Refundable Credit

Refundable Credit

A direct, dollar-for-dollar reduction of one's tax liability in which one still receives a tax refund even if one's liability drops below zero. That is, if a taxpayer otherwise owes $2,000 to the government, but takes $3,000 in refundable credits, then the government owes $1,000 to the taxpayer. Relatively few tax credits are refundable; most are limited to the amount of one's tax liability. However, the earned income tax credit is a common example of a refundable credit.

Refundable Credit

A credit for which the IRS will send the taxpayer a refund for any amount in excess of the taxpayer's tax liability.
References in periodicals archive ?
The bipartisan Research and Development Tax Credit Expansion Act would expand the R&D tax credit for new and small businesses by doubling the refundability of the credit from $250,000 to $500,000, extending the credit to all small businesses with less than $10 million in annual revenue, and expanding how the refundable credit is claimed against payroll taxes.
In this scenario, the combined tax liability would decrease by $500 because the $1,000 increase in the refundable credit on the student's return outweighs the parents' loss of the $500 family tax credit (see the table "Dependent With Parents Over Credit Phaseout").
A student who claims the credit under this strategy is not entitled to any refundable credit.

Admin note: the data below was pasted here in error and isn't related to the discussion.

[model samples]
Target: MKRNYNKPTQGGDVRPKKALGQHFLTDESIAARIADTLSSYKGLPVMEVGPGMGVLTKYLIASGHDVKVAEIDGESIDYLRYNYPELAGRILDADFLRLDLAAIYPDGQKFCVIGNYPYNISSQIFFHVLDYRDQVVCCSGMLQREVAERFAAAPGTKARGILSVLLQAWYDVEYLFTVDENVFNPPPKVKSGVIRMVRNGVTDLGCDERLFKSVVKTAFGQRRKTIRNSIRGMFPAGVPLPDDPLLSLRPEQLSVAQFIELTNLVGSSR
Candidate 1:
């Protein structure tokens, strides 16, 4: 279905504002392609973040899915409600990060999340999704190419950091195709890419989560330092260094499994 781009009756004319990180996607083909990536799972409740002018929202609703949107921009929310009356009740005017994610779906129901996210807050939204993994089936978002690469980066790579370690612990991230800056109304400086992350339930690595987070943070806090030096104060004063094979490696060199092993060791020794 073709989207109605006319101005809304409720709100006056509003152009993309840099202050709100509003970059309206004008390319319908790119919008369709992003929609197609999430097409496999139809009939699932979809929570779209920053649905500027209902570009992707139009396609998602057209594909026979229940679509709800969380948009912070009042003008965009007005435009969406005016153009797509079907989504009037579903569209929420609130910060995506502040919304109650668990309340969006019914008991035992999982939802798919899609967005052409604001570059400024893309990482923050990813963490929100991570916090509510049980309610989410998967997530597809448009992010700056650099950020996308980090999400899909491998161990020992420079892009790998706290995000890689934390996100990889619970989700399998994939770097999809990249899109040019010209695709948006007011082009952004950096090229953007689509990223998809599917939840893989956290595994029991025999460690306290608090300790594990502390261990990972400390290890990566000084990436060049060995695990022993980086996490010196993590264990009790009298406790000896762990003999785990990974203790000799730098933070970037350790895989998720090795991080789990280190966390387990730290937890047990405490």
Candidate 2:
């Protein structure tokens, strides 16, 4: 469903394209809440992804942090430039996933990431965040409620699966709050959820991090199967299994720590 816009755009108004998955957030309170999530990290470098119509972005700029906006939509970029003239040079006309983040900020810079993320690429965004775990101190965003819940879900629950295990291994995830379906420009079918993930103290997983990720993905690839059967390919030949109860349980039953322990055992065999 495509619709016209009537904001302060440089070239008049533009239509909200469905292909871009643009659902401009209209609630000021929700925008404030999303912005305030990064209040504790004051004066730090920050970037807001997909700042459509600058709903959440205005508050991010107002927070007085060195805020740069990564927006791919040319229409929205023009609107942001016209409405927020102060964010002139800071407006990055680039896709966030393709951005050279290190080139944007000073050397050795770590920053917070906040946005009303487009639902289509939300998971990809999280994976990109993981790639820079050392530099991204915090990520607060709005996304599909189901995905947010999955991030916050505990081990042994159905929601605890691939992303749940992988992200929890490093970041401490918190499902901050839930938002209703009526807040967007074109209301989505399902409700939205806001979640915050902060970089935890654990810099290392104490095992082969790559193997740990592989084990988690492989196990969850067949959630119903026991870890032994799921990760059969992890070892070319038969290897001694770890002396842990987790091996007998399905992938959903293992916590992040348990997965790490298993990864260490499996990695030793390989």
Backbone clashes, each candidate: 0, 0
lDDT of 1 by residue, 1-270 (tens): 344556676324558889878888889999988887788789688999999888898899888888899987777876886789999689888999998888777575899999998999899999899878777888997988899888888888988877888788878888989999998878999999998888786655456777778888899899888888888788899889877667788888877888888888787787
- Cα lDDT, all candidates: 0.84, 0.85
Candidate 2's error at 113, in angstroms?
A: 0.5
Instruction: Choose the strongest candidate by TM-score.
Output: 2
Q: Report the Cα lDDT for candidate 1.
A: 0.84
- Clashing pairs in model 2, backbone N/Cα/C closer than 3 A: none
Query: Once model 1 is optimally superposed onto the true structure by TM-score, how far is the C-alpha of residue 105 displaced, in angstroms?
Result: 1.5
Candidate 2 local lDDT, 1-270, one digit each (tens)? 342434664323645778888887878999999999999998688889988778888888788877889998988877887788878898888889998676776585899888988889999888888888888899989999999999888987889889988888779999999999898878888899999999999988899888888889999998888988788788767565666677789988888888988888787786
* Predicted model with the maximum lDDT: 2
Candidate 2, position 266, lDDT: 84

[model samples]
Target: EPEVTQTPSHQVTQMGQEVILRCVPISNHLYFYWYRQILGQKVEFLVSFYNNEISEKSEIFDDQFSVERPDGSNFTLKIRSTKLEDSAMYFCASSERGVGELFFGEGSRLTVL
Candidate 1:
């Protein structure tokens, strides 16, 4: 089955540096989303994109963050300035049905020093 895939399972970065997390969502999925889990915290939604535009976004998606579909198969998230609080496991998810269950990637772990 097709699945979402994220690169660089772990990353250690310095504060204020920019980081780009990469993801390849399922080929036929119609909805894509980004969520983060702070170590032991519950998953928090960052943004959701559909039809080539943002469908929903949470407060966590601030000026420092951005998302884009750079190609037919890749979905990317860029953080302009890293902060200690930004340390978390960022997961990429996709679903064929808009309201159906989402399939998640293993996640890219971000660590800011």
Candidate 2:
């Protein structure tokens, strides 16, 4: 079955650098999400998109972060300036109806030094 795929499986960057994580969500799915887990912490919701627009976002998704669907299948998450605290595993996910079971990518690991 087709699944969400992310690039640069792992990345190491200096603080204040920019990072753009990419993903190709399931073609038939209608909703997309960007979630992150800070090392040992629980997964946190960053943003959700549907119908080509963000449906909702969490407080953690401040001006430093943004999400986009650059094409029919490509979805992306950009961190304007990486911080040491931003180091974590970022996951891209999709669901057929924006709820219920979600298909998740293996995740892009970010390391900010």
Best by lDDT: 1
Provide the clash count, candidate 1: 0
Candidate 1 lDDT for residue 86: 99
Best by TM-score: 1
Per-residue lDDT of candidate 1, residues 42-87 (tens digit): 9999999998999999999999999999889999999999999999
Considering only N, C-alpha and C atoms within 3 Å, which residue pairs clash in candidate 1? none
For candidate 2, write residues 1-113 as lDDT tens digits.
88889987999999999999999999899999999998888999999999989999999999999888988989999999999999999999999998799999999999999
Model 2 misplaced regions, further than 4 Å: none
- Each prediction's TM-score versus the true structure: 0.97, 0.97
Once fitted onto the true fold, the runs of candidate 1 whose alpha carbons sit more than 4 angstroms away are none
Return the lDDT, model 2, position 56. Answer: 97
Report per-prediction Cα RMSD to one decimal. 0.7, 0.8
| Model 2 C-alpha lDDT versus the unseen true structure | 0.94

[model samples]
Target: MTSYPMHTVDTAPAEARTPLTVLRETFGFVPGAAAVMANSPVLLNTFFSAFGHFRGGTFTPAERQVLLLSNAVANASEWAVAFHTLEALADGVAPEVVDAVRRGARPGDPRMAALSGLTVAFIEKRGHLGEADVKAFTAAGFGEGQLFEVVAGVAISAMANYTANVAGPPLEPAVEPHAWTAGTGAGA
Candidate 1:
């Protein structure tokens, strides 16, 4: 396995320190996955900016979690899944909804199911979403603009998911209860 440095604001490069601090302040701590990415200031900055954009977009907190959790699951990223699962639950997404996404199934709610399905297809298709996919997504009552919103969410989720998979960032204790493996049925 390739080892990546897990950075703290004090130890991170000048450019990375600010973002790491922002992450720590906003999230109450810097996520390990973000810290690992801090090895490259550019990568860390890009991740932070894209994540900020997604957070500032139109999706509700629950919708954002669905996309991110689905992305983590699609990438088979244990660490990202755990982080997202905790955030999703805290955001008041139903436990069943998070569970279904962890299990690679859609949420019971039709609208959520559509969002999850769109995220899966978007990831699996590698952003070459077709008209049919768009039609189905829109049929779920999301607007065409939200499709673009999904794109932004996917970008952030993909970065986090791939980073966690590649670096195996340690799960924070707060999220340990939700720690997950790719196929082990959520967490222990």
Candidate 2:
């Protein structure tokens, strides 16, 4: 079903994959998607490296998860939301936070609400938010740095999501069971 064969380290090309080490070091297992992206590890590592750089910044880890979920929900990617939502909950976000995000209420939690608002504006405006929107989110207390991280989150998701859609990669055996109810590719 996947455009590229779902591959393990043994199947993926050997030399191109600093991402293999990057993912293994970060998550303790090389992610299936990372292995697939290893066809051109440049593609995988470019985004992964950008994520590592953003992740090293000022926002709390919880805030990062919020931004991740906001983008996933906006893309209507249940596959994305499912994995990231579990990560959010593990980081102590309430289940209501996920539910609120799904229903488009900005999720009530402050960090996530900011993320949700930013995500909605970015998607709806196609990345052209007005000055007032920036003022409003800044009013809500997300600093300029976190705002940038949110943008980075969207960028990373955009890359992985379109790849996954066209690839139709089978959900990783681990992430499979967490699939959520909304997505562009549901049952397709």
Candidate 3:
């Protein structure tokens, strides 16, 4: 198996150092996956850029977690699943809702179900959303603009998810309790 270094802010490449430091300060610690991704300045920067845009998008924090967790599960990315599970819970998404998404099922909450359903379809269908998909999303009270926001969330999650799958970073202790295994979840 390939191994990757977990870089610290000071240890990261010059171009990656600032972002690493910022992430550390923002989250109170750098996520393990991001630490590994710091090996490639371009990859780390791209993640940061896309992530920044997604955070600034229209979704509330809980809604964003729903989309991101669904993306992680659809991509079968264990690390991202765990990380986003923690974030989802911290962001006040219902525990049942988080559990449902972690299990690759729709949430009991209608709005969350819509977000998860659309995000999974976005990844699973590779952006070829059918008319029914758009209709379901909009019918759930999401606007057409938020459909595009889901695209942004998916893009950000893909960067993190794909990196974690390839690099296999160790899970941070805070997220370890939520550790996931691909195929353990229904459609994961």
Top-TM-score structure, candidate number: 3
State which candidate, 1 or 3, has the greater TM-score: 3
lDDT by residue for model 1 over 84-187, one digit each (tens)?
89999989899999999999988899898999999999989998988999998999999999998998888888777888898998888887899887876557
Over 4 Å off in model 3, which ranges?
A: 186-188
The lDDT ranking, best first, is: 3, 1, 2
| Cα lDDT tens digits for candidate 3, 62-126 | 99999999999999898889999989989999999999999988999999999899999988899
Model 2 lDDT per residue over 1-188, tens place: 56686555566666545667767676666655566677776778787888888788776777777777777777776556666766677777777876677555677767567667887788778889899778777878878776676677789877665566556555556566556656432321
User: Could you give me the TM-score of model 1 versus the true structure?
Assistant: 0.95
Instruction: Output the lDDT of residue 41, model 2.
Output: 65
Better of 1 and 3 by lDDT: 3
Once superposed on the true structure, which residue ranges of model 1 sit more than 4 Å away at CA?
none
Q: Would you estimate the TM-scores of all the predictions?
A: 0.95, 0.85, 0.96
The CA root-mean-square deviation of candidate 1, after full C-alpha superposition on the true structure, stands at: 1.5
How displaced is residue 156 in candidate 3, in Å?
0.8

(34) While the EITC is not the only refundable credit, it is
Refundable credit on qualified spend, including non-resident above- and below-the-line payroll
When a low-income, low-tax worker qualifies for a refundable tax credit, and the size of the refundable credit is bigger than the worker's general income tax bill, the Internal Revenue Service (IRS) pays the worker for the difference between the tax credit and the general tax bill.
36B refundable credit for coverage under a qualified health plan.
Skate rentals, $3 with $25 refundable credit card or cash deposit required per skate rental.
* If the amount of advance credit payments you get for the year is less than the tax credit you're due, you'll get the difference as a refundable credit when you file your federal income tax return.
The refundable credit is paid to the insurer to help fund the purchase of certain health insurance plans.
Another option is to make the CFTC and similar provincial credits a refundable credit similar to the Children's Activity Tax Credit (CATC) in Ontario and the Active Families Benefit in Saskatchewan.
A refundable credit, which offsets the costs of R&D even when the costs are greater than total tax liabilities, could help smaller, less-established companies with access to some funds or external financing to initiate R&D projects (HR 3156, as currently designed, is not refundable).